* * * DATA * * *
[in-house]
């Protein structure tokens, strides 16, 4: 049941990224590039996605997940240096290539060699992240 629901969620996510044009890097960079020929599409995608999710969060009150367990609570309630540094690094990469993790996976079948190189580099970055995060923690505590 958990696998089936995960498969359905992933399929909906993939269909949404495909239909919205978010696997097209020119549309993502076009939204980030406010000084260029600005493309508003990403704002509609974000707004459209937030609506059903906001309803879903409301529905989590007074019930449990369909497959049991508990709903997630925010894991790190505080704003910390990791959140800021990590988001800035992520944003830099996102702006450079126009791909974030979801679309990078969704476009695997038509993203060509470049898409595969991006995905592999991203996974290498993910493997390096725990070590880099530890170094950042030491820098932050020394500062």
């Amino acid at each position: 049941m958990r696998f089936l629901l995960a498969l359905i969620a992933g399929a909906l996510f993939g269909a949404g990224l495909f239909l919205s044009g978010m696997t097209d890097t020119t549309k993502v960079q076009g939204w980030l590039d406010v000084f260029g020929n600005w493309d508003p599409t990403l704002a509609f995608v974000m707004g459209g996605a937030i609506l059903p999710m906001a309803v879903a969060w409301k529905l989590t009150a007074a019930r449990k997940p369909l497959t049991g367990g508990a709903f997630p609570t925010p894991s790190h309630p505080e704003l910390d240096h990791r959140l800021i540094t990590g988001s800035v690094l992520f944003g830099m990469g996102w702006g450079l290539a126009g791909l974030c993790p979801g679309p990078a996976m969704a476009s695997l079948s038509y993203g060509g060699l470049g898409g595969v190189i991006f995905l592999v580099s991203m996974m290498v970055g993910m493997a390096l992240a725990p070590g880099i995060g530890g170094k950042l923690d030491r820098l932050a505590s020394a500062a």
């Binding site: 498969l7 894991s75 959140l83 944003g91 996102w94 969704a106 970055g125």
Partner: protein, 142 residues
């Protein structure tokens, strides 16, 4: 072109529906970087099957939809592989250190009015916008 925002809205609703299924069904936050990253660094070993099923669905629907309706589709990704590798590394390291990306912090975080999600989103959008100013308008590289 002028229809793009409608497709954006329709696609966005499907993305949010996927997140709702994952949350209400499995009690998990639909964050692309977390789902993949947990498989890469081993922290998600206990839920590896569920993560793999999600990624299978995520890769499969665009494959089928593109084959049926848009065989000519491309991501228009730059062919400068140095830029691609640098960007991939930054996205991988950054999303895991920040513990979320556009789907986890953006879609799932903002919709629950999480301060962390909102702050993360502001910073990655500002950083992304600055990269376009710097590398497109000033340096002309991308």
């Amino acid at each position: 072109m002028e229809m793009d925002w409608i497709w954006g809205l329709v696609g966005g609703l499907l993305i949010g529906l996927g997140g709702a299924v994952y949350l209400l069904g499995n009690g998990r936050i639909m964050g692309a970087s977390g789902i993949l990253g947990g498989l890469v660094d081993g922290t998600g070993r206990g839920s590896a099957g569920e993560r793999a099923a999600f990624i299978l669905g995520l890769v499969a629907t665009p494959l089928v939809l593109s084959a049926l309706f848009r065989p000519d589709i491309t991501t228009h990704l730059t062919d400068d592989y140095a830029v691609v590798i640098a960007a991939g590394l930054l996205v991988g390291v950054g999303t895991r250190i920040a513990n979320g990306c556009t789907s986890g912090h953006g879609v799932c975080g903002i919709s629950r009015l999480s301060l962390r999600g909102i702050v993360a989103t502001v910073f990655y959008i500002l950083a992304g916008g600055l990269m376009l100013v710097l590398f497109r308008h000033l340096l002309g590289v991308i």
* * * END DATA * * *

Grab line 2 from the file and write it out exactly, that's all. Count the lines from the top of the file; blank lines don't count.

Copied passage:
């Protein structure tokens, strides 16, 4: 049941990224590039996605997940240096290539060699992240 629901969620996510044009890097960079020929599409995608999710969060009150367990609570309630540094690094990469993790996976079948190189580099970055995060923690505590 958990696998089936995960498969359905992933399929909906993939269909949404495909239909919205978010696997097209020119549309993502076009939204980030406010000084260029600005493309508003990403704002509609974000707004459209937030609506059903906001309803879903409301529905989590007074019930449990369909497959049991508990709903997630925010894991790190505080704003910390990791959140800021990590988001800035992520944003830099996102702006450079126009791909974030979801679309990078969704476009695997038509993203060509470049898409595969991006995905592999991203996974290498993910493997390096725990070590880099530890170094950042030491820098932050020394500062």